How Latino activists brought down powerful Arizona sheriff Joe Arpaio
Driving While Brown is a saga and a warning. Two investigative journalists spent several years chronicling the human consequences of Sheriff Joe Arpaio's relentless immigration enforcement in Maricopa County, Arizona. They tell the tale of two dueling movements—Arizona's restrictionist cause embraced by Joe Arpaio and the Latino resistance that rose up against him. This inside story of the wrenching battles that embittered and divided Arizonans offers a fresh perspective on the roots of the Trump administration's national crusade against immigrants.
The narrative follows activist Lydia Guzman, who paid a steep personal price for gathering evidence in a landmark racial-profiling lawsuit that took surprising twists and stunned the nation. The daughter of a Mexican immigrant, Guzman was one voice in the Latino-led resistance—a coalition of men and women of different generations united in their unfaltering resolve to stop Arpaio, reform unconstitutional law enforcement, and fight for their civil rights. Driving While Brown documents Arpaio's transformation from "America’s Toughest Sheriff," who forced jail inmates to wear pink underwear, into the nation's most notorious immigration enforcer. A polarizing figure in recent American history, the sheriff was celebrated by a national fan base even as he became a symbol of white supremacy to his foes. After being found guilty of a crime tied to disobeying a federal judge, Arpaio was pardoned by his friend, Donald Trump.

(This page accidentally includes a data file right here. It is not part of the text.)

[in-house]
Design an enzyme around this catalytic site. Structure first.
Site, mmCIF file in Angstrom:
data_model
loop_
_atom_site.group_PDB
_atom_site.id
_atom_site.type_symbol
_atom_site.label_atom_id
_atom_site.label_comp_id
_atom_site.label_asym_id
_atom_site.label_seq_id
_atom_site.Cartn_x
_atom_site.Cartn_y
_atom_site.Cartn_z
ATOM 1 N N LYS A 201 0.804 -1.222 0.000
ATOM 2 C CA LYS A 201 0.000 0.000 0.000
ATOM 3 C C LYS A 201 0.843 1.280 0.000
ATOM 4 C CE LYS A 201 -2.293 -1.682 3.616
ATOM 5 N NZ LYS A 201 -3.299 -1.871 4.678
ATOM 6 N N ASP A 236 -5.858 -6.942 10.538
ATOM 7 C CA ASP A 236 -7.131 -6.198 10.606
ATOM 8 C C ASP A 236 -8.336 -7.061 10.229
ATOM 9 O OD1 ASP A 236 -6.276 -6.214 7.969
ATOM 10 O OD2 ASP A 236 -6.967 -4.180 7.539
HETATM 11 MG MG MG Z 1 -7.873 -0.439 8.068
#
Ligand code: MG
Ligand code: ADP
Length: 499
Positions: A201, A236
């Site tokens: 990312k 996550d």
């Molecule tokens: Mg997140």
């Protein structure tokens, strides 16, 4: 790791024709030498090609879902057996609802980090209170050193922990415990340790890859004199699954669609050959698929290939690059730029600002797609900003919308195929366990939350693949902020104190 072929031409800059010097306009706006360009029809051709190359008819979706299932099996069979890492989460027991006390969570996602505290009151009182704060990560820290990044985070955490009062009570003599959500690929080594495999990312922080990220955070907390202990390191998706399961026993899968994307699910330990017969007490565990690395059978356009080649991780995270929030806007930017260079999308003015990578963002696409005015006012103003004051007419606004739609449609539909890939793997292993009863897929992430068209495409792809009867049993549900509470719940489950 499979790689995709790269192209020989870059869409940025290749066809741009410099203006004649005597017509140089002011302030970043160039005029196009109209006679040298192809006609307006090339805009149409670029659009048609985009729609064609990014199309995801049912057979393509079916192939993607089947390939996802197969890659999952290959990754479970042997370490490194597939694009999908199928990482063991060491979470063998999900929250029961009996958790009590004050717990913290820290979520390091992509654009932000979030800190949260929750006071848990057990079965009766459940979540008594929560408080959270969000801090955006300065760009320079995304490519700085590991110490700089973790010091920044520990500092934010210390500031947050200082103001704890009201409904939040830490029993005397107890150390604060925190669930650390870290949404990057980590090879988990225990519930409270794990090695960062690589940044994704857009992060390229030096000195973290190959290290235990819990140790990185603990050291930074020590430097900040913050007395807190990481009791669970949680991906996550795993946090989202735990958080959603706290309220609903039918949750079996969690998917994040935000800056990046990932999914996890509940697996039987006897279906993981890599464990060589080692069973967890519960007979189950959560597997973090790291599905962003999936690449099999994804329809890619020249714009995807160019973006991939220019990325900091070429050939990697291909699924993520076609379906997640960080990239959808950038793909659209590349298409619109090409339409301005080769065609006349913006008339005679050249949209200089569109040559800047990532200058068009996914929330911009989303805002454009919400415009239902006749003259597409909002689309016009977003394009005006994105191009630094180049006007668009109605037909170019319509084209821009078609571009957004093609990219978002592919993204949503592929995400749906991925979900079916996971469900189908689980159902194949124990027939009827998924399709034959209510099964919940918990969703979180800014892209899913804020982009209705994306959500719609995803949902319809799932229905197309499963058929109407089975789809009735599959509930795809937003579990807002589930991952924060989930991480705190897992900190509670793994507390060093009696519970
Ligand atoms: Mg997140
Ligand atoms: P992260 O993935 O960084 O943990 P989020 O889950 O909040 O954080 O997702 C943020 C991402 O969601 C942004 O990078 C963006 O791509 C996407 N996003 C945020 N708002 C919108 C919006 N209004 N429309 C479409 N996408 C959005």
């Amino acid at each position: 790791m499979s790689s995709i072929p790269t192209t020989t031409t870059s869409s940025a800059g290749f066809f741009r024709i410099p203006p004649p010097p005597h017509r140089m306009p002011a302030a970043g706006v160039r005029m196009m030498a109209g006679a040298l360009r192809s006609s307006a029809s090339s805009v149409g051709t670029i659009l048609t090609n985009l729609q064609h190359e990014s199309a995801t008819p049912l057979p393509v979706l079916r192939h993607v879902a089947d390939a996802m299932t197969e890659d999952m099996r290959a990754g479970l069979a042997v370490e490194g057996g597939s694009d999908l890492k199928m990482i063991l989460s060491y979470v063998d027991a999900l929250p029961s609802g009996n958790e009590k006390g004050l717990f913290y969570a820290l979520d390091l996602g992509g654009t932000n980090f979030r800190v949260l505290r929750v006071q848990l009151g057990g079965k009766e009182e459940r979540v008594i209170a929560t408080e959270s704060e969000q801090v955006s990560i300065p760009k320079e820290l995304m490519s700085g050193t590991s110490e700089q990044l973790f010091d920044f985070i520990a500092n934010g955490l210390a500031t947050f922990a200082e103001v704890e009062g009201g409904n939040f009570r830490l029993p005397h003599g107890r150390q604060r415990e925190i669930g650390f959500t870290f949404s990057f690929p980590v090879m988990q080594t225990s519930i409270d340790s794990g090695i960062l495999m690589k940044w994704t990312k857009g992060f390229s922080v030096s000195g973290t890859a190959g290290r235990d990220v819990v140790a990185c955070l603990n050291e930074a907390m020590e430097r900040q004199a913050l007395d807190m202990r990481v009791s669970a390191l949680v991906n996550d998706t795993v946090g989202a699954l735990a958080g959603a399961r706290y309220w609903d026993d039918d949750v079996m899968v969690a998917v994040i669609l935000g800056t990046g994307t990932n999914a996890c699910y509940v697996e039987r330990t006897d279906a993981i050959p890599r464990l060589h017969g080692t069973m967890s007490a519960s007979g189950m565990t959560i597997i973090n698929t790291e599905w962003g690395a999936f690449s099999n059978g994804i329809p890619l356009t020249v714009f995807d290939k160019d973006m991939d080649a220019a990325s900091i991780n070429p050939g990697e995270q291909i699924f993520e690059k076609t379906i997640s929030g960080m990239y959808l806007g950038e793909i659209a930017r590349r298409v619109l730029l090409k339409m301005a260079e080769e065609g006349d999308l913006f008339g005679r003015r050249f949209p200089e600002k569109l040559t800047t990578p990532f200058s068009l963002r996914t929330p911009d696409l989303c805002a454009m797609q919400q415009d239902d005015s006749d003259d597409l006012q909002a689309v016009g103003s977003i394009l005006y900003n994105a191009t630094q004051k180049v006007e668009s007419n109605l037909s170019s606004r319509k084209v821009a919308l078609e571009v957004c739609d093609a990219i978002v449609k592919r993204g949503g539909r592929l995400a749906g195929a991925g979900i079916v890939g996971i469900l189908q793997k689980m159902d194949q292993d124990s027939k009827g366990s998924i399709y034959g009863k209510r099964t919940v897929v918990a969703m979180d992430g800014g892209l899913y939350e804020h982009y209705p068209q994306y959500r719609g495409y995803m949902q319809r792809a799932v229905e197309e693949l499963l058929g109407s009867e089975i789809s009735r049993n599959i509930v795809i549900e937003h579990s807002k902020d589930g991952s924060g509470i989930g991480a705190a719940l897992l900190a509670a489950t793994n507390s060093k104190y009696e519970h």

In Driving While Brown, Terry Greene Sterling and Jude Joffe-Block immerse readers in the lives of people on both sides of this tense narrative. The result of tireless investigative reporting, their book provides critical insights into effective resistance to entrenched, institutionalized racism in law enforcement.